Ballads of Cheechako

Author: Robert Service  | Date: 1909

To the Man of the High North

My rhymes are rough, and often in my rhyming

I’ve drifted, silver-sailed, on seas of dream,

Hearing afar the bells of Elfland chiming,

Seeing the groves of Arcadie agleam.

I was the thrall of Beauty that rejoices

From peak snow-diademed to regal star;

Yet to mine aerie ever pierced the voices,

The pregnant voices of the Things That Are.

The Here, the Now, the vast Forlorn around us;

The gold-delirium, the ferine strife;

The lusts that lure us on, the hates that hound us;

Our red rags in the patch-work quilt of Life.

The nameless men who nameless rivers travel,

And in strange valleys greet strange deaths alone;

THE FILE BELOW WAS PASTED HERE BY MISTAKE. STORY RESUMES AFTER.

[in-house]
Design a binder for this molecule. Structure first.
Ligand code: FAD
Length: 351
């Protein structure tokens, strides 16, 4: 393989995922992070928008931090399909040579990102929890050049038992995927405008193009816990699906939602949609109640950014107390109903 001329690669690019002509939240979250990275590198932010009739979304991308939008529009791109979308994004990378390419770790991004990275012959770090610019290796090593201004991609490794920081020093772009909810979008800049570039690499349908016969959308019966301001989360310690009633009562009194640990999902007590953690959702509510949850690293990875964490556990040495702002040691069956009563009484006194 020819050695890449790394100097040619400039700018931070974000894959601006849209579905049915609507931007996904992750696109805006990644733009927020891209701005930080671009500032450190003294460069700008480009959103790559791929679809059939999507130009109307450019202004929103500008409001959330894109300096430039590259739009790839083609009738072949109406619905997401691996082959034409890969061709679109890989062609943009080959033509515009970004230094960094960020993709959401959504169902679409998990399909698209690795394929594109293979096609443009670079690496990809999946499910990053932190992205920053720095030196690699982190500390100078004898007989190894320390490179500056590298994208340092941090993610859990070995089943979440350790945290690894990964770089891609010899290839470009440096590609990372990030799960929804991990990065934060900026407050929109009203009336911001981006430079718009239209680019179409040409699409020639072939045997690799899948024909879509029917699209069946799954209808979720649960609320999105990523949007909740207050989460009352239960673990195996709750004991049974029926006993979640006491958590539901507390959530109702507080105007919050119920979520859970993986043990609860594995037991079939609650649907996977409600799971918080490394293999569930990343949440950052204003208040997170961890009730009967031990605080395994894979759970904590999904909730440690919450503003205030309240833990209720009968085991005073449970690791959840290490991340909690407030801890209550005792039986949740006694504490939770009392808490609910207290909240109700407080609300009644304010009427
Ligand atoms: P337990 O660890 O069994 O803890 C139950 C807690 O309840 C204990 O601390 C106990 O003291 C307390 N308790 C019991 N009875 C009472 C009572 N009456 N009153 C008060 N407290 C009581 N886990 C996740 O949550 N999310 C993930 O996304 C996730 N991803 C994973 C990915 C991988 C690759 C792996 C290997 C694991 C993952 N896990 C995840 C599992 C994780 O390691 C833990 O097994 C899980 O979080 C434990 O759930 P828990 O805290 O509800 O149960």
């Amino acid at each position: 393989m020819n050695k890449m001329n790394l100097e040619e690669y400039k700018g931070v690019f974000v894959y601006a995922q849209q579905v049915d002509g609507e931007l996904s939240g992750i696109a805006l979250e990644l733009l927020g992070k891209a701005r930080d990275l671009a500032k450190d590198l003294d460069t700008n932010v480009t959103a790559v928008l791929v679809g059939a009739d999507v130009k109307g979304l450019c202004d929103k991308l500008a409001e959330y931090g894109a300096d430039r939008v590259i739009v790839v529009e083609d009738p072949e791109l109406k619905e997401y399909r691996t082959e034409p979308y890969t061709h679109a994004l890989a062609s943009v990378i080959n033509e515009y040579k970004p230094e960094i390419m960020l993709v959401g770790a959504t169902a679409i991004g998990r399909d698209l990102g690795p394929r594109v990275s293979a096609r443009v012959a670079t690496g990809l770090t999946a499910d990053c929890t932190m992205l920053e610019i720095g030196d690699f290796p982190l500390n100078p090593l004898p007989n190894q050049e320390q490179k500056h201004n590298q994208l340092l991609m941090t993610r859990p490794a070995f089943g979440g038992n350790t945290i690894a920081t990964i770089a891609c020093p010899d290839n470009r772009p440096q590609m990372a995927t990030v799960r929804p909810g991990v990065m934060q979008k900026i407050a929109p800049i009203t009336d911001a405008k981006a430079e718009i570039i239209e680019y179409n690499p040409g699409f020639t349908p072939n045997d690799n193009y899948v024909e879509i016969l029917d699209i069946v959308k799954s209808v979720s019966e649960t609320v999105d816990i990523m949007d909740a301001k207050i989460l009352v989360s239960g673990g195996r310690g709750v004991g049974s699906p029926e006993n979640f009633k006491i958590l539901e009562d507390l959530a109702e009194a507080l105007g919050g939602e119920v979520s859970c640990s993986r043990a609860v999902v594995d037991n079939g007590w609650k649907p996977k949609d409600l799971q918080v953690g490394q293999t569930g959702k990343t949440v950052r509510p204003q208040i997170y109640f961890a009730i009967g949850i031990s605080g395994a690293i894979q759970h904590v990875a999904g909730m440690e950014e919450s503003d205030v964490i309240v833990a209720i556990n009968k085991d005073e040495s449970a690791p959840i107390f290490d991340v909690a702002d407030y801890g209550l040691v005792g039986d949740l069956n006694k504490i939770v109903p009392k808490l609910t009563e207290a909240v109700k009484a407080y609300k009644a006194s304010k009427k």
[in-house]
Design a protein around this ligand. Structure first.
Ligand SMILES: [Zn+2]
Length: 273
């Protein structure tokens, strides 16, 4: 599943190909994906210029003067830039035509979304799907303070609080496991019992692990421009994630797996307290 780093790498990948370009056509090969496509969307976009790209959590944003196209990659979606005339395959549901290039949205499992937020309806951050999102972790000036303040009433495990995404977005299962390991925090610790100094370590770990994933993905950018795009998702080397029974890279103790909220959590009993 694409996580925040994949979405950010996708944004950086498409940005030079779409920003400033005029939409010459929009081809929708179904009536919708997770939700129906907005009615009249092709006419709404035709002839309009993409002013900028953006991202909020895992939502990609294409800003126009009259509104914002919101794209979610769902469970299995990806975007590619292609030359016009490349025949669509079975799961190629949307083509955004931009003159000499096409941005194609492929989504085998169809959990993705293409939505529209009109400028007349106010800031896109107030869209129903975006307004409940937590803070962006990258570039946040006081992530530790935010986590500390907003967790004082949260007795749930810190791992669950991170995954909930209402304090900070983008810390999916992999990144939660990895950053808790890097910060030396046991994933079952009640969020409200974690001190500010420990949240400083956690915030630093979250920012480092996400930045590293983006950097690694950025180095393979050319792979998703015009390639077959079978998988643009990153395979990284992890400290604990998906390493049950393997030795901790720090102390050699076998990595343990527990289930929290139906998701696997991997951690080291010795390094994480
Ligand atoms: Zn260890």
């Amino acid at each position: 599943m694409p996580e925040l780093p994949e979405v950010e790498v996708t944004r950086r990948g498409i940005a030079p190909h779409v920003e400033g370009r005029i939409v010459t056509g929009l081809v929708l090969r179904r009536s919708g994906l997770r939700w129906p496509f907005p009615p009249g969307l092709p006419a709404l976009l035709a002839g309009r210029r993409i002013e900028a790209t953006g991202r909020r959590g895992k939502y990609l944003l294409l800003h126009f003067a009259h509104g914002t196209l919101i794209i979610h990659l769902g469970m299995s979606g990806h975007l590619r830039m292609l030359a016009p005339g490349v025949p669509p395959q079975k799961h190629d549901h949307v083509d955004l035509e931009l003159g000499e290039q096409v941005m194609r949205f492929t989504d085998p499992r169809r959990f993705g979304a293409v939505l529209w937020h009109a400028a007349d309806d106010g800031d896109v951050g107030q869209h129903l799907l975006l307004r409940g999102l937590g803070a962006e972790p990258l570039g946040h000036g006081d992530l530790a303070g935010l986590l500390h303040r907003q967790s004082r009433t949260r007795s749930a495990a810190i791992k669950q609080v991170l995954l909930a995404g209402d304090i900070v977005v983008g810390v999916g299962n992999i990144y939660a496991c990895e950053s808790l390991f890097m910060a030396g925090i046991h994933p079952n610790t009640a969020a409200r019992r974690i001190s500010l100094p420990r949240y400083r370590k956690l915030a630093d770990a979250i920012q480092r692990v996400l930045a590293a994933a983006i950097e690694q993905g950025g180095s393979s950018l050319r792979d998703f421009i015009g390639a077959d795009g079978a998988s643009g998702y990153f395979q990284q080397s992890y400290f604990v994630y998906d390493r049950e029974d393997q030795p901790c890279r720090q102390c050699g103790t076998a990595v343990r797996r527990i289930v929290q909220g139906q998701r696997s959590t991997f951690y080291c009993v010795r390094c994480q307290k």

The grim, intrepid ones who would unravel

The mysteries that shroud the Polar Zone.

These will I sing, and if one of you linger

Over my pages in the Long, Long Night,

And on some lone line lay a calloused finger,

Saying: "It’s human-true- it hits me right";

Then will I count this loving toil well spent;

Then will I dream awhile- content, content.


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Chicago: Robert Service, "To the Man of the High North," Ballads of Cheechako Original Sources, accessed July 15, 2024,

MLA: Service, Robert. "To the Man of the High North." Ballads of Cheechako, Original Sources. 15 Jul. 2024.

Harvard: Service, R, 'To the Man of the High North' in Ballads of Cheechako. Original Sources, retrieved 15 July 2024, from